Teachers, and also NETS for Students on which the NETS for Teachers is based, on the ISTE
        Web site

What about assessment rubrics?

Rubrics are useful tools to assess demonstrated competency in achieving specific, measurable
objectives. The Project Activity Guide found in the downloadable resource packet for each Lesson
Accelerator includes objectives and task list for creating the example project.

Many of the Project Activity Guides also include a rubric that the teacher can use to assess student
work, or that the student can use for self-assessment. The LA rubric could be used “as is” or modified
to provide an assessment tool for staff development, regardless of whether the project being assessed
uses the sample subject matter provided with the LA or uses custom material.

PRACTICE ACTIVITY I

Topic: Using PowerPoint 2007

Step 1: Complete the Meet My Mammal Lesson Accelerator “as is.”

Step 2: Then, create an individual project, such as “Meet My Class” or “Meet Me”

OR
PRACTICE ACTIVITY II

Topic: Creating a Classroom Newsletter Using a Word 2007

Step 1: Complete the Extra! Extra! Lesson Accelerator “as is.”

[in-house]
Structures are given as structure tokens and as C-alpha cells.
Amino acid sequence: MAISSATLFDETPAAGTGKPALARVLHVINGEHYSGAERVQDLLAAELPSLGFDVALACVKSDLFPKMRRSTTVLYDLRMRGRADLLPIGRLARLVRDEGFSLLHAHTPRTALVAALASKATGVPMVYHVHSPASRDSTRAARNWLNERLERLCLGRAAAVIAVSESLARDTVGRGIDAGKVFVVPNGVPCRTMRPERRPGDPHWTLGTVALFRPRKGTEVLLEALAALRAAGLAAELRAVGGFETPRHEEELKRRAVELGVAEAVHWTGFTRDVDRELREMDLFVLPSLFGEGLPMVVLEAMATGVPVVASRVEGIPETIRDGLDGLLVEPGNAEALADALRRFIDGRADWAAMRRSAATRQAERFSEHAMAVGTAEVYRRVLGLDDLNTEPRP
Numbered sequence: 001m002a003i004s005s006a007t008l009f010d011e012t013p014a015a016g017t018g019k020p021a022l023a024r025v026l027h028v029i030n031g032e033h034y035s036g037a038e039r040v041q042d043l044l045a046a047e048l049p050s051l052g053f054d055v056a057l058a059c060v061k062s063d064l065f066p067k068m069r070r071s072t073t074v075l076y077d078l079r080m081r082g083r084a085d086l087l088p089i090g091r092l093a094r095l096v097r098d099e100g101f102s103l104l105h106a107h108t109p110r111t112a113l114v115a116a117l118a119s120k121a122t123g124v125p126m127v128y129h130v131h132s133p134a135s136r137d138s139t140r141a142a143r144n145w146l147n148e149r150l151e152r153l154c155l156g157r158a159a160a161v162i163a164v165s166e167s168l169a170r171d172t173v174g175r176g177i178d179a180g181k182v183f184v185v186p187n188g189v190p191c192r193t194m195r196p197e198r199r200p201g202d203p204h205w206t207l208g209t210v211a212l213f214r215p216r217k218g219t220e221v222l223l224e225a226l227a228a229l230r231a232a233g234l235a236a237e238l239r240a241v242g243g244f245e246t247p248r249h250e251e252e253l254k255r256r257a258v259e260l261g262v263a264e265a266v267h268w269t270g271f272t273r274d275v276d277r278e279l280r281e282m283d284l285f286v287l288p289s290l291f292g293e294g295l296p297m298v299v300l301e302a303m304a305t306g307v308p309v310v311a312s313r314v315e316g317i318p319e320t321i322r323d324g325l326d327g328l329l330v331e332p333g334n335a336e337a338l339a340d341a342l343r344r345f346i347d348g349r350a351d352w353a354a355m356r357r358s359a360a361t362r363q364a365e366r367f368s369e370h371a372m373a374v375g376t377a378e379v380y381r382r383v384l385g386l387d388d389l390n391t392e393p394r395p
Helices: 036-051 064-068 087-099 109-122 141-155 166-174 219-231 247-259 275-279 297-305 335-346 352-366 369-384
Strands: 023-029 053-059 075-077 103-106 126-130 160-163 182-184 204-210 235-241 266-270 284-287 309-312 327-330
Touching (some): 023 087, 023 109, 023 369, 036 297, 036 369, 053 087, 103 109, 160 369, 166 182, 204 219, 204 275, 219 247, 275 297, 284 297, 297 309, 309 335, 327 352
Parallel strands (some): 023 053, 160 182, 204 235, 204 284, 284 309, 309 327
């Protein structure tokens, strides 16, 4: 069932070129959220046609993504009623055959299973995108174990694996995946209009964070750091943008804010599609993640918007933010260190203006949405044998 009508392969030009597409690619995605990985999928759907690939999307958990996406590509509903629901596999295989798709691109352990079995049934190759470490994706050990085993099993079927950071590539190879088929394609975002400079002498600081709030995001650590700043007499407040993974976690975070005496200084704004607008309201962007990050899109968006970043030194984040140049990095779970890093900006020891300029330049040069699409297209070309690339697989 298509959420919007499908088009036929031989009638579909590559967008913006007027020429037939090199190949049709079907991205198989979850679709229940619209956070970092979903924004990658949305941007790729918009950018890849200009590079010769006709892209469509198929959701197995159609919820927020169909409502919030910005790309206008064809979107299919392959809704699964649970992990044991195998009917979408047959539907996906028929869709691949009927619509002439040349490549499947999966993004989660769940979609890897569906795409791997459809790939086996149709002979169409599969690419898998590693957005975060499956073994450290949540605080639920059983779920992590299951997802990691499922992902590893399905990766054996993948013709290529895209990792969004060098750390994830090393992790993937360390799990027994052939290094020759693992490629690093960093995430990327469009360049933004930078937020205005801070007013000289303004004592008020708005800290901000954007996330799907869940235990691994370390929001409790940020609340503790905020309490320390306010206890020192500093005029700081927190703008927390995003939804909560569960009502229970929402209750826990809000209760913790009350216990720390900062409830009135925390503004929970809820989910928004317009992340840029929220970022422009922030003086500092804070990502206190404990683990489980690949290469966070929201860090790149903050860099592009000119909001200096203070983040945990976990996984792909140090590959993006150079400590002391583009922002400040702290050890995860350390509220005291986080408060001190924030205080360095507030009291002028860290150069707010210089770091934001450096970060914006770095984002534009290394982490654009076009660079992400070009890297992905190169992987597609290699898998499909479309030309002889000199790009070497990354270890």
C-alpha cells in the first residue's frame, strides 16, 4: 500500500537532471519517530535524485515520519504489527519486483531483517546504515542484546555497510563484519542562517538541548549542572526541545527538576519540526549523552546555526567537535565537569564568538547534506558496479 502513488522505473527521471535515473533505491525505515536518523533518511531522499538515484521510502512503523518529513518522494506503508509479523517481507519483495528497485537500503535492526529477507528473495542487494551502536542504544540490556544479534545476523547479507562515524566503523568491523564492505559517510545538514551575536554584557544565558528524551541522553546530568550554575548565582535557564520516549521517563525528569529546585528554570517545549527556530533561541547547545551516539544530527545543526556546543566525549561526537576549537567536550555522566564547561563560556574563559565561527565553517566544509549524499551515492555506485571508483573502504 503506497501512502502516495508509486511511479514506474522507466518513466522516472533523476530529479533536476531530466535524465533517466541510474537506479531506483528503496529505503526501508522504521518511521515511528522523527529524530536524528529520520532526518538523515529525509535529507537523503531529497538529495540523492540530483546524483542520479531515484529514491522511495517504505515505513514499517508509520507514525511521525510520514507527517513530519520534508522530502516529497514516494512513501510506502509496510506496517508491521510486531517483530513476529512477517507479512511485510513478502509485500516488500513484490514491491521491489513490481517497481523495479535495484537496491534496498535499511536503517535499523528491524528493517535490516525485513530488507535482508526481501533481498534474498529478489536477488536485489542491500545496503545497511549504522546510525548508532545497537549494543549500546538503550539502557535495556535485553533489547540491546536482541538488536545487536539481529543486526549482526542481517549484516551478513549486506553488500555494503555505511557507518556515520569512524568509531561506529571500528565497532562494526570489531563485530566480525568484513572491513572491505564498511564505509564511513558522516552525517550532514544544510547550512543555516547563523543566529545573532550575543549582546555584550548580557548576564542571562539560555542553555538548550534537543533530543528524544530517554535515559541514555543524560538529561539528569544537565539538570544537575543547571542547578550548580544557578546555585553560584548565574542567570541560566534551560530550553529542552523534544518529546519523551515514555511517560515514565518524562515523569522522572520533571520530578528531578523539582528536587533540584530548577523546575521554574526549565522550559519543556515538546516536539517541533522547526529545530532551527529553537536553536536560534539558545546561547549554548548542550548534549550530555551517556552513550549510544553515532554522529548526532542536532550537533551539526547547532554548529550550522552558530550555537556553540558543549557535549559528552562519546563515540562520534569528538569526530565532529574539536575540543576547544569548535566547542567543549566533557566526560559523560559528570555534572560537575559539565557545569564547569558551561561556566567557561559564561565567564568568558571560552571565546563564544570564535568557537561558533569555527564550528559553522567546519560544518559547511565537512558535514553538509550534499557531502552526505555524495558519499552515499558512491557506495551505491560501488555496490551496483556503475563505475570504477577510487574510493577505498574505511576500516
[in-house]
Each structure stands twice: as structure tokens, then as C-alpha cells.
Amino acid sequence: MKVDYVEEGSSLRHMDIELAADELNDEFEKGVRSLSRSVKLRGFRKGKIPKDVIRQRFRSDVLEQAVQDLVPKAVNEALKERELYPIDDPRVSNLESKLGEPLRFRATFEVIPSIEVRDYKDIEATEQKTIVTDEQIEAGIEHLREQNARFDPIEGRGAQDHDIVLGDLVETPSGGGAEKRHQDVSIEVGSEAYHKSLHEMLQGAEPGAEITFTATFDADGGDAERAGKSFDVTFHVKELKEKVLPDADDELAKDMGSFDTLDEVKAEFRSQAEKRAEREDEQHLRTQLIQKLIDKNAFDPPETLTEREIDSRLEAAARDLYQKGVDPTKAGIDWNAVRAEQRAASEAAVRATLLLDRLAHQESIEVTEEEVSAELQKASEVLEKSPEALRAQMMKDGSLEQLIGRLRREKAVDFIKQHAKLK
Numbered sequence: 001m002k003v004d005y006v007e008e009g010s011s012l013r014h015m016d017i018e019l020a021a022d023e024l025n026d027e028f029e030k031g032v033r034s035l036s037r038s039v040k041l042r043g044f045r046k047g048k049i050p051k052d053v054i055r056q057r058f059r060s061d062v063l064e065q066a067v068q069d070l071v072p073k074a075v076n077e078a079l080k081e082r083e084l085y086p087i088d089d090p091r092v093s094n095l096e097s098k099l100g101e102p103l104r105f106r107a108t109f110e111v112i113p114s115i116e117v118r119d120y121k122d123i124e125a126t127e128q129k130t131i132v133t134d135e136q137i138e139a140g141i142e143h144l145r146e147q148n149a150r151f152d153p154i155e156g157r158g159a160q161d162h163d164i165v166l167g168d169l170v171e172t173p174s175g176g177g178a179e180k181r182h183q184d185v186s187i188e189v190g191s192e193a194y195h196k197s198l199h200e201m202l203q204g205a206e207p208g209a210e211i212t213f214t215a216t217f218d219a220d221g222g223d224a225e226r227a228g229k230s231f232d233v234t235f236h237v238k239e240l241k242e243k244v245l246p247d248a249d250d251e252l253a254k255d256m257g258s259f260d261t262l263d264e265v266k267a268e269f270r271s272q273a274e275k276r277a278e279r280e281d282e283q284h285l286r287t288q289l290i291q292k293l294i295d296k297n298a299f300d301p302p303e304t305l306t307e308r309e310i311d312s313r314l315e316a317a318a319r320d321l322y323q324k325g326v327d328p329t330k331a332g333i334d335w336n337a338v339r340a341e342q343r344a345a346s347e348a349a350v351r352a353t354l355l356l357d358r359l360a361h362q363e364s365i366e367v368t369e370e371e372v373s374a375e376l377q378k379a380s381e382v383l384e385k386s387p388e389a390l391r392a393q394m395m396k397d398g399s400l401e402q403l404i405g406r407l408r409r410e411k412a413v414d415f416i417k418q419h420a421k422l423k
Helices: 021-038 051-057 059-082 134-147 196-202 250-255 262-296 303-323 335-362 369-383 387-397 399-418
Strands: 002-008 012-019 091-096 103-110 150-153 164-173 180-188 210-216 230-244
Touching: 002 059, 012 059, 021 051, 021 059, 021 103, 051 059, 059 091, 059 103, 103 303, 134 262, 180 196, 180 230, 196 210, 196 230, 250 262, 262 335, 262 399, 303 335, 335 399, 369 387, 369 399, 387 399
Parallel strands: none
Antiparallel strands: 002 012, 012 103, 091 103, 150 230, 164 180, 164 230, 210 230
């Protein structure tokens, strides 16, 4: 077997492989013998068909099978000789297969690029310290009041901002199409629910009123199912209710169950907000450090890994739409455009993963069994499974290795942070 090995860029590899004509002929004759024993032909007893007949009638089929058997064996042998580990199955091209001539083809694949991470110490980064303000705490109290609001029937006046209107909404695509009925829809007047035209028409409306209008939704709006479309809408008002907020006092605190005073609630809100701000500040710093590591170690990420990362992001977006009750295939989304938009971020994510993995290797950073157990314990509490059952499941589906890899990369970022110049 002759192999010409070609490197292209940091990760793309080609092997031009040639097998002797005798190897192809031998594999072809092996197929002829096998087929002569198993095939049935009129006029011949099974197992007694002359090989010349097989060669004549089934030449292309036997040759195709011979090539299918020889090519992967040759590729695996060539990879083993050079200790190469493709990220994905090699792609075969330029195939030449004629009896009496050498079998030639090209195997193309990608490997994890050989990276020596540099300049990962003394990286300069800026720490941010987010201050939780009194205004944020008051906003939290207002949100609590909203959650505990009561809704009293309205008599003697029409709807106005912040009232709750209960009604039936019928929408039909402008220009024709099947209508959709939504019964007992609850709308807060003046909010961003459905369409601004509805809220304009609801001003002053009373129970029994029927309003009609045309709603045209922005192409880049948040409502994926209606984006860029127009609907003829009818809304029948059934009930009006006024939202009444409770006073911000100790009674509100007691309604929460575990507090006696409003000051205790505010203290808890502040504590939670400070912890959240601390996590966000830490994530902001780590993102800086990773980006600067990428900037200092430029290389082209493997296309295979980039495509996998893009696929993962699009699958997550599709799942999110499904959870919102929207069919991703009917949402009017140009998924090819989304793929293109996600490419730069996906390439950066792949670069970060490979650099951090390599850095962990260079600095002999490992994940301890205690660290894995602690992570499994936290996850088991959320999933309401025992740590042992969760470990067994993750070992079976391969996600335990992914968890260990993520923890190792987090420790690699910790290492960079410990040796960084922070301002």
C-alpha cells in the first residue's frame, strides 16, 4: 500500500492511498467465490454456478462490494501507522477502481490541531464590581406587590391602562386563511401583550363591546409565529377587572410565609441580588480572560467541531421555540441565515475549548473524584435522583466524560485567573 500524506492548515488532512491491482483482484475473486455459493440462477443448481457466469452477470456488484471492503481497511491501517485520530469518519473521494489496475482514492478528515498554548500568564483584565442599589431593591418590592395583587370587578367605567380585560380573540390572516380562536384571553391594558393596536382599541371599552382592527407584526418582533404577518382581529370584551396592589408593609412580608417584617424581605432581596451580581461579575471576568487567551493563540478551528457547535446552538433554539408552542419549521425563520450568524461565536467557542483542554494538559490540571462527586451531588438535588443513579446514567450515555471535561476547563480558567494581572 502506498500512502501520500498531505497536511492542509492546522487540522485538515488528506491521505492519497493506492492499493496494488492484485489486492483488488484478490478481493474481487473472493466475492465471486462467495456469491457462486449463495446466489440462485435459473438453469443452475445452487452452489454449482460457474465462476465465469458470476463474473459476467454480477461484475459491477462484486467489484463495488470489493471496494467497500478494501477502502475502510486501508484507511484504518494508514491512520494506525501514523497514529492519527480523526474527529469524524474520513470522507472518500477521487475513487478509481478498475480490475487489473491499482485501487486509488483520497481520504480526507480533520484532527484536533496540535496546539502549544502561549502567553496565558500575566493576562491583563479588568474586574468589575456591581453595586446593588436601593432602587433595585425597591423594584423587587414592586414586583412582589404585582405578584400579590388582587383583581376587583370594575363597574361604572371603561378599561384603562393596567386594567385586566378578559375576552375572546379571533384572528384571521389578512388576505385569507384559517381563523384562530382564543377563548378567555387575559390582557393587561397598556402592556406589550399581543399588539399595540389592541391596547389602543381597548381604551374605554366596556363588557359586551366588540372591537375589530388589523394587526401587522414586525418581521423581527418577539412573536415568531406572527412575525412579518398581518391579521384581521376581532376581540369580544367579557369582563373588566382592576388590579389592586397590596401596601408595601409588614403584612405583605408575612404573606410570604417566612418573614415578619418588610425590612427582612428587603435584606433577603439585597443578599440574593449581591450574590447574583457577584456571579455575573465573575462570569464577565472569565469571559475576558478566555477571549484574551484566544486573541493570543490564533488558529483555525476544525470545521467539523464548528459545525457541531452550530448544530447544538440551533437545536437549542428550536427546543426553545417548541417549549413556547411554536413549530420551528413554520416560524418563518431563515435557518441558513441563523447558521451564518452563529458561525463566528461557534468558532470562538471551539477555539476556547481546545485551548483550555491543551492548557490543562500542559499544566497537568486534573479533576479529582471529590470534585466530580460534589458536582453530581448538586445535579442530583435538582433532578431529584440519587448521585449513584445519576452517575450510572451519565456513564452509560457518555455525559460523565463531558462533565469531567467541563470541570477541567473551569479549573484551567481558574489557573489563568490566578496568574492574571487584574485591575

Step 2: Then, create a classroom newsletter that can be sent home to parents

   The second resource is Teacher2Teacher

Teacher2Teacher offers technology training developed for teachers by teachers, designed to dissolve
barriers to use technology easily and effectively. Teacher2Teacher activities illustrate how to
incorporate software into existing curriculum. Each activity provides:

   •   detailed instructions
   •   sample projects
   •   student planning sheets

Use the classroom activities with your students or use them as a "getting started" resource for lesson
plans you create.


   The third resource is: Workshops

Atomic Learning's workshops help school faculty and staff members learn essential communication
skills.

   •   Try using the mail merge and newsletter workshops to help you learn how to better inform
       parents of school happenings.
   •   Podcasting and vodcasting workshops can teach you how to communicate through cutting-
       edge technology.
   •   Our charting workshops help you communicate important information visually.

Workshops can be used individually or through your professional development program.

Click the link to locate a Workshop written for PC:

Limit your choices by clicking on Mac, PC, or All

You can search by software name, subject area or State Standards.



Customer Support
Click on the Support tab to discover a number of ways to help you learn more about Atomic
Learning. Here is where you will find the Atomic Toolkit and a number of useful tools to help you,
your students, staff and parents learn more about this useful on-line tutorial site.

If ever you need assistance, email cs@atomiclearning.com and they will promptly respond to your
inquiry.

				
DOCUMENT INFO
Shared By:
Categories:
Stats:
views:90
posted:3/29/2009
language:English
pages:5